In part because his natural ability to gain the confidence of others and because he was of Asian descent, a rarity in the police department at the time, UC25382 was recruited to work undercover soon after graduation from the police academy and infiltrate Chinese drug syndicates in the three Chinatowns, centered in Lower Manhattan, Sunset Park, Brooklyn, and Flushing, Queens. Luck was on his side. He learned of a club where dealers, Puerto Ricans, Colombians, Asians, and Italians socialized and scored deals. It was located in Manhattan’s Chinatown, a few doors from where his parents had once owned a store, and so he knew many of the addicts and street dealers who frequented the club by their nicknames. He made a point of becoming reacquainted with them. After that he joined them in the club where they came to see him as one of their own. He also knew that much of the heroin being sold by non-Asian groups in other parts of the city came from a Chinese connection. And so he sought to gain the confidence of the members of the Chinese Triad associated with several Chinese gangs, the Ghost Shadows, Flying Dragons, and White Tigers who were club regulars, though they would not be there at the same time for territorial reasons. He wanted to get at the source. He started by buying small amounts of cocaine from a Colombian suspect, under three ounces each time, A2 felonies at most, but while making one of the buys he witnessed two Puerto Ricans named Florentino and Lolli selling significant amounts of heroin mere feet away. He turned his investigative eye on them and made incremental buys of three kilos of heroin with a street value of $460,000. That in turn led to gaining the trust of the Chinese Triad members. And that led a few months later to an A1 felony buy across the river at a hotel near the New York end of the Lincoln Tunnel that broke a police department record: three kilos of nearly pure heroin with a street value of $25 million.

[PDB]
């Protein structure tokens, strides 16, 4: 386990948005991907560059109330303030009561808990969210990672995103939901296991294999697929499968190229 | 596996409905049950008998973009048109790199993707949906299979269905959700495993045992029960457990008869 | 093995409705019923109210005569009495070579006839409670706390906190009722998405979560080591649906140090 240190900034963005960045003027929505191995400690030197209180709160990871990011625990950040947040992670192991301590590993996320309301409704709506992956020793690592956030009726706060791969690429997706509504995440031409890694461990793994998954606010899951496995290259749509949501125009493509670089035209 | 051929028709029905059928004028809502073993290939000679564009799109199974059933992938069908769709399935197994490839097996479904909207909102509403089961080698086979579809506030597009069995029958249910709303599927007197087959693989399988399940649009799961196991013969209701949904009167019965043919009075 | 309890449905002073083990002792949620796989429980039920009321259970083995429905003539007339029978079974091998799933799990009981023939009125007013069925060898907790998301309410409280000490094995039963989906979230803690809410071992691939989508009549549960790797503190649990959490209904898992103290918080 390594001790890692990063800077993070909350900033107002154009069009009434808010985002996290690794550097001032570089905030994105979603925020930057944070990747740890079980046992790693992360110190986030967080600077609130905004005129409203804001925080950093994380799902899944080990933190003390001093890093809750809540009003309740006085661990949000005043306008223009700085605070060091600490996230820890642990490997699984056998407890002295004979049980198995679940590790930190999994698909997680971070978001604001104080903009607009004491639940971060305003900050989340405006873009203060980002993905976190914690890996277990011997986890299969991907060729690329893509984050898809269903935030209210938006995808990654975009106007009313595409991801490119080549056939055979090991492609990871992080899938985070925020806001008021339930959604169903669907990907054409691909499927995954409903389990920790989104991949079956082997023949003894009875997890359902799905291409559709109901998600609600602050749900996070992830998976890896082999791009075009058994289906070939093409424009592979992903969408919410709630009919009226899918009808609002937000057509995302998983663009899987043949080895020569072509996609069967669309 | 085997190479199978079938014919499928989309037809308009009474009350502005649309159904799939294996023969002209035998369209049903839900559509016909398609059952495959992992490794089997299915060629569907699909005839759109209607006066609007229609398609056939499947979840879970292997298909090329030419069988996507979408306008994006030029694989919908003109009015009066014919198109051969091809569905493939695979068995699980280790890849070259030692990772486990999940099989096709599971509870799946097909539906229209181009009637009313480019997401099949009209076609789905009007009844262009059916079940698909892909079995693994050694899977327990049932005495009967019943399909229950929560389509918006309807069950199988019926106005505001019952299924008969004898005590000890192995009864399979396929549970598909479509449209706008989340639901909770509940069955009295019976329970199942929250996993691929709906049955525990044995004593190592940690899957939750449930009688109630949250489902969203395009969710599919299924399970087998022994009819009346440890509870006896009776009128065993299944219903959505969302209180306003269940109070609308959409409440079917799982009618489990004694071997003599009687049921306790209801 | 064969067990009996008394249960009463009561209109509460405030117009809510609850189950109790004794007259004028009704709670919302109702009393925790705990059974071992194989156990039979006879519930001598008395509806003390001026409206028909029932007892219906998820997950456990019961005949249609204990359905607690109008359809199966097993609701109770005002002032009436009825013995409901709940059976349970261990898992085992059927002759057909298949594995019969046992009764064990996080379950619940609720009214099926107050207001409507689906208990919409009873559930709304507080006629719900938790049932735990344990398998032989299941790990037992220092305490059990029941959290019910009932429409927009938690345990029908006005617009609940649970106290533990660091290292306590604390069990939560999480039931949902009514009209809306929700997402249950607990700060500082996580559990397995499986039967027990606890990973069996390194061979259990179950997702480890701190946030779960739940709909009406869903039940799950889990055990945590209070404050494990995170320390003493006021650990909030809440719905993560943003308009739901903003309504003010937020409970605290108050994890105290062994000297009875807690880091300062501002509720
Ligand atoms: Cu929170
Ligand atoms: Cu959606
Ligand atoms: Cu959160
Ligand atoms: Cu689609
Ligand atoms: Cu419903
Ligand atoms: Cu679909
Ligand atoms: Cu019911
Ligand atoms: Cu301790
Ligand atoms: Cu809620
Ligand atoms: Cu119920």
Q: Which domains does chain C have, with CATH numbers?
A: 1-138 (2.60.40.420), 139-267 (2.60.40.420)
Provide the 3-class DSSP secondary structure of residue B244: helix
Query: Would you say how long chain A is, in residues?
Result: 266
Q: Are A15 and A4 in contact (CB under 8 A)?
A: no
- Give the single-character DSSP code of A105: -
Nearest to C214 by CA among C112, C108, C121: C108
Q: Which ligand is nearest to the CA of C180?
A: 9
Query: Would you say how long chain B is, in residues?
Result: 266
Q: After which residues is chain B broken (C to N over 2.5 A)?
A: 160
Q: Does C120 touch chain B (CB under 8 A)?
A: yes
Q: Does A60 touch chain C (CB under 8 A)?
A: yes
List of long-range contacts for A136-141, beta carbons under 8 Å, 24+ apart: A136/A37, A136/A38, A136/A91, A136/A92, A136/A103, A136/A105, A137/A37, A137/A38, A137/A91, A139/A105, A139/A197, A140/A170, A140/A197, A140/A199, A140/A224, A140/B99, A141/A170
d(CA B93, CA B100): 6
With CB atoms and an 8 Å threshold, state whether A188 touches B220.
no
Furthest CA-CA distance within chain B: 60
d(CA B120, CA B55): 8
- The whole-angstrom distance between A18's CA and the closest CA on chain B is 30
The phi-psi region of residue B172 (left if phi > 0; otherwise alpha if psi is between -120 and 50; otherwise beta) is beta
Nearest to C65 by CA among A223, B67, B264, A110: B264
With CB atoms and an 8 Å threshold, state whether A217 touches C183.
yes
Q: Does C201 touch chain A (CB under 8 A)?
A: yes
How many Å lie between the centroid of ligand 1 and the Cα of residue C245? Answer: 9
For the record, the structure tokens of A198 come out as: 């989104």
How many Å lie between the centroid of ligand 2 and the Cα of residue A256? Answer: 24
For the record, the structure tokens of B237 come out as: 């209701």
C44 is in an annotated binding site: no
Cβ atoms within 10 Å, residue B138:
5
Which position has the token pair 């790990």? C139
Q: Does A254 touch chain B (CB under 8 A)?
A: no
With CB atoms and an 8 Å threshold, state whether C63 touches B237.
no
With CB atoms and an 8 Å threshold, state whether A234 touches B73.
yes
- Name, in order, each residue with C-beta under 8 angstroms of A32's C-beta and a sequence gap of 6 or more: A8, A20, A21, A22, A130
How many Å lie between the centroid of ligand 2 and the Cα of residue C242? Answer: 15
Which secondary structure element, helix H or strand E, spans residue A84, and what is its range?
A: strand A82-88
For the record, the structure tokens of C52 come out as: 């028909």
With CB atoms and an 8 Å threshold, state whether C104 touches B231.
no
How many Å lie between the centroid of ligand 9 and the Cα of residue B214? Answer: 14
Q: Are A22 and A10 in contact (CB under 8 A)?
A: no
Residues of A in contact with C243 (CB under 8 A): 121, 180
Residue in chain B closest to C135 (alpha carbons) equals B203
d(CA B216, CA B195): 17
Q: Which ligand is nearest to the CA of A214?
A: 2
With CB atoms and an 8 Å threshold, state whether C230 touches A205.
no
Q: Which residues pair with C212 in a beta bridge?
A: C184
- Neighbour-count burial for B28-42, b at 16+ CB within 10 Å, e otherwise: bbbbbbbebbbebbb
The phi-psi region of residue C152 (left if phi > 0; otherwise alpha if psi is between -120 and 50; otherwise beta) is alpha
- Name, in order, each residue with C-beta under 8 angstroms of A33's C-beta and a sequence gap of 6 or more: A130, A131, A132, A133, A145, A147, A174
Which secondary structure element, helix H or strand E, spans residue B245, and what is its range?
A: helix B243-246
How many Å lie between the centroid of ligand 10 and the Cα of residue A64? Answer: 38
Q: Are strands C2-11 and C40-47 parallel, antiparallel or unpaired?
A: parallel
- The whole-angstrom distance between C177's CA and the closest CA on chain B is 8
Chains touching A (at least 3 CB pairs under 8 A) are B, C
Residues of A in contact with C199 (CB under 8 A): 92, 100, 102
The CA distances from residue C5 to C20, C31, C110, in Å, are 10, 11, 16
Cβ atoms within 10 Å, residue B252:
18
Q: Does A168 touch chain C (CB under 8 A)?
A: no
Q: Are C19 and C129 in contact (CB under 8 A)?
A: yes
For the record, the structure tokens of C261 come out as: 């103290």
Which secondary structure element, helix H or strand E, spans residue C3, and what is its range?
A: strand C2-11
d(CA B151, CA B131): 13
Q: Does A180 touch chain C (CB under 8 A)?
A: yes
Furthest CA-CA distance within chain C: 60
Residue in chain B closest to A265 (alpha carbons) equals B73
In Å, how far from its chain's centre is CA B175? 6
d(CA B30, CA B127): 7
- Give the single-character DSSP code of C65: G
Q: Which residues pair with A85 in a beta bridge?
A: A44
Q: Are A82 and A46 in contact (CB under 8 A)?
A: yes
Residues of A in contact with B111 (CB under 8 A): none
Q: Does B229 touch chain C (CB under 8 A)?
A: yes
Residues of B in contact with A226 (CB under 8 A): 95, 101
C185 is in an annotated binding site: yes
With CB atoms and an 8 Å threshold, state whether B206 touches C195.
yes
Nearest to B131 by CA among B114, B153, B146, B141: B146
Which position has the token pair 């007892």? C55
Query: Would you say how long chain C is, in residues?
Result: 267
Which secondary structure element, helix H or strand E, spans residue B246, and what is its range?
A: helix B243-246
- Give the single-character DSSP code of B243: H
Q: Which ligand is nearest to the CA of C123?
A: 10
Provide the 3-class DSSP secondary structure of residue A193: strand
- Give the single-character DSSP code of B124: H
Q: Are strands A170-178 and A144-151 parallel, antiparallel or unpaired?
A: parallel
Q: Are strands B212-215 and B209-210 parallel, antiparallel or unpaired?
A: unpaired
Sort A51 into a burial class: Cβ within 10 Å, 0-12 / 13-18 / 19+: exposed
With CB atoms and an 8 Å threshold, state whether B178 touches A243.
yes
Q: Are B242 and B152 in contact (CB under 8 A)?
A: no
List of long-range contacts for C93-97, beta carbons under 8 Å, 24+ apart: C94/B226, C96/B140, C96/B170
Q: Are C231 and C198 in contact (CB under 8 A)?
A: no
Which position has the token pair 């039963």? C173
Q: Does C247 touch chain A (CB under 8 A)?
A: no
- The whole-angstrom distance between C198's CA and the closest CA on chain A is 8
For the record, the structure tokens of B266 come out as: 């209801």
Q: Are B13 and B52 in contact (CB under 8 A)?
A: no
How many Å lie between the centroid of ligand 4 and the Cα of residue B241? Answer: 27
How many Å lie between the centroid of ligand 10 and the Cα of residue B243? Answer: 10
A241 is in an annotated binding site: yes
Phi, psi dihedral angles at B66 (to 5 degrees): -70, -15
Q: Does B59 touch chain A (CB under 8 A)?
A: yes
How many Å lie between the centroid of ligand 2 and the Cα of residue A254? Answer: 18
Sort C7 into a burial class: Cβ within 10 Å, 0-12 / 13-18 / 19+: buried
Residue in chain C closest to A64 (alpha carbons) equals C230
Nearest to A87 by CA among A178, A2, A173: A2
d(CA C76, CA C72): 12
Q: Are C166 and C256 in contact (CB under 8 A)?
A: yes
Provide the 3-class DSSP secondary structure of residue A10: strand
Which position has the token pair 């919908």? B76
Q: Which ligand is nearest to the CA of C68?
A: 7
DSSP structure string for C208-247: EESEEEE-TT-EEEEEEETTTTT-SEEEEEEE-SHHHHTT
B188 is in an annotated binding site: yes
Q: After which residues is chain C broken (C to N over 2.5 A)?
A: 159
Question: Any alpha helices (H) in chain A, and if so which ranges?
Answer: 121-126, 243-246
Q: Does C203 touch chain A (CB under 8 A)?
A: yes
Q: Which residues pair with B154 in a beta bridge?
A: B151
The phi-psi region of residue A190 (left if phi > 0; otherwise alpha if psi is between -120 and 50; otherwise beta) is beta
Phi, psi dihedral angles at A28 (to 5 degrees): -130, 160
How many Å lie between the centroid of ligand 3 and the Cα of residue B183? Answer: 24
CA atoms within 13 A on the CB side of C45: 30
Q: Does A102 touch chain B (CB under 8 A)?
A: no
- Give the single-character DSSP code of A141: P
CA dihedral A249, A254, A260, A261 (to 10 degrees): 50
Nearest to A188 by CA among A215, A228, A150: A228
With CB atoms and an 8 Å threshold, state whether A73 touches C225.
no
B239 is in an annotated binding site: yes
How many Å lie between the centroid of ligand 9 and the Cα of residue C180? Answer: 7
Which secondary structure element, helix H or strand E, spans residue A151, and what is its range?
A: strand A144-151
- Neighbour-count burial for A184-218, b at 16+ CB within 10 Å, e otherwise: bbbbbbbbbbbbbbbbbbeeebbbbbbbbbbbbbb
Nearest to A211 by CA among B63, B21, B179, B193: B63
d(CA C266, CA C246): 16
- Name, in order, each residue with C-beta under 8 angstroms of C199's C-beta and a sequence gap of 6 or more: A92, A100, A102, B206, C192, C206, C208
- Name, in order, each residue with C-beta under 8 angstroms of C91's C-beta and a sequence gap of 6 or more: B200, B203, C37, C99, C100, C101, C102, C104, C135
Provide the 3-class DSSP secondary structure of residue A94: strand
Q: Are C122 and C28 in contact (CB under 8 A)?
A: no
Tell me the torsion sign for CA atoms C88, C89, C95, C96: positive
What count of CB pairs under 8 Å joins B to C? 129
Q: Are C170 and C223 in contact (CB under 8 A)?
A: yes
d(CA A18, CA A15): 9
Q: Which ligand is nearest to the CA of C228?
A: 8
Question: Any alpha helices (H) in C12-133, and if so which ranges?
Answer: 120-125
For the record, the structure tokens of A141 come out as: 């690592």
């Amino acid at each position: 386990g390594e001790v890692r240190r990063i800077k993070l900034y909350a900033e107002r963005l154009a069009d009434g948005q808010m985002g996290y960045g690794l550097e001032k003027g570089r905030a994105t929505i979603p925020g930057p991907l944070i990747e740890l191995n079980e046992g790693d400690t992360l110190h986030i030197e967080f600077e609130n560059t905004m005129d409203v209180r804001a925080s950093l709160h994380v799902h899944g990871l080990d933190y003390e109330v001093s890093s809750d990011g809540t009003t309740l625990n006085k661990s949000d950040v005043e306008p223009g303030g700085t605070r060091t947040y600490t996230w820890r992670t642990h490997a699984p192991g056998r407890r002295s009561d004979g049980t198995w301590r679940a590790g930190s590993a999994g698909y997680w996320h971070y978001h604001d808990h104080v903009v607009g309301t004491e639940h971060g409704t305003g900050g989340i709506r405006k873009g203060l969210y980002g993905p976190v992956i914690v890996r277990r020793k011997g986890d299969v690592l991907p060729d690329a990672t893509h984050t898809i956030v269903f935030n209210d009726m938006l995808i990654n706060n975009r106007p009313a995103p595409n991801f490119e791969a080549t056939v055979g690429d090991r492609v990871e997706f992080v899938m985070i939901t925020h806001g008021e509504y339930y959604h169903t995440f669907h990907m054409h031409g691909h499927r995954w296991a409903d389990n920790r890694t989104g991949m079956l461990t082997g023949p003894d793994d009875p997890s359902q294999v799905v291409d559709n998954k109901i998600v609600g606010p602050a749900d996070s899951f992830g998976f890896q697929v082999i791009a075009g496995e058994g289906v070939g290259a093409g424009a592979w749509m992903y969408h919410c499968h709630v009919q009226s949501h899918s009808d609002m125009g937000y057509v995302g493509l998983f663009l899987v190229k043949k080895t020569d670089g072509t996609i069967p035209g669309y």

His method was simple. Ask them to pick the venue for the buy and he would determine the time but would insist the venue be near the tunnel because he would need to rush out in time for another buy in New Jersey. That gave them a sense of control. If they picked the venue, it would not be bugged, they reasoned. But in fact the number of hotels near the tunnel was very small and law enforcement had established relationships with them. Both the room of the buy and the one next door were part of the operation, and the buy room was wired with a pinhole camera mounted in a lampshade atop a television set, an awkward sight to be sure, but one that was consistent with the reality of a cheap hotel. Using the same strategy, UC25382 would go on to break his own record seven months with a buy of 7.5 kilos with a street value of $100 million.
Many at the reunion have similar Hollywood-ready stories to share, some with screenplays and memoirs in hand. One of them, Joe Lisi, who retired from the NYPD a captain, actually made it as a Hollywood actor with screen credit for Man on a Ledge (2012), The Sorcerer’s Apprentice (2010) and Kiss of Death (1995) and a dozen other films. Unsurprisingly, he has also played a cop in episodes of Blue Bloods, Law & Order and Third Watch. Another former OCCBer, Ylka Morales, started her own cigar company, La Viuda Negra, whose Dominican handcrafted leaf with dark chocolate and smoked almond notes have been getting nods of pleasure from cigar aficionados; still another, Ray Gong, retired as a detective, aims his trained eyes on the feed of over 1,000 security cameras coming from the entire Long Island Railroad system, including Penn Station, a critical duty in the age of global terrorism. For many, retirement is not the ending of a story, but the beginning of many new ones, and for a change, one in which they can live and work openly under their own names.
Eddie Vega is a journalist and tech media entrepreneur living and working in New York City.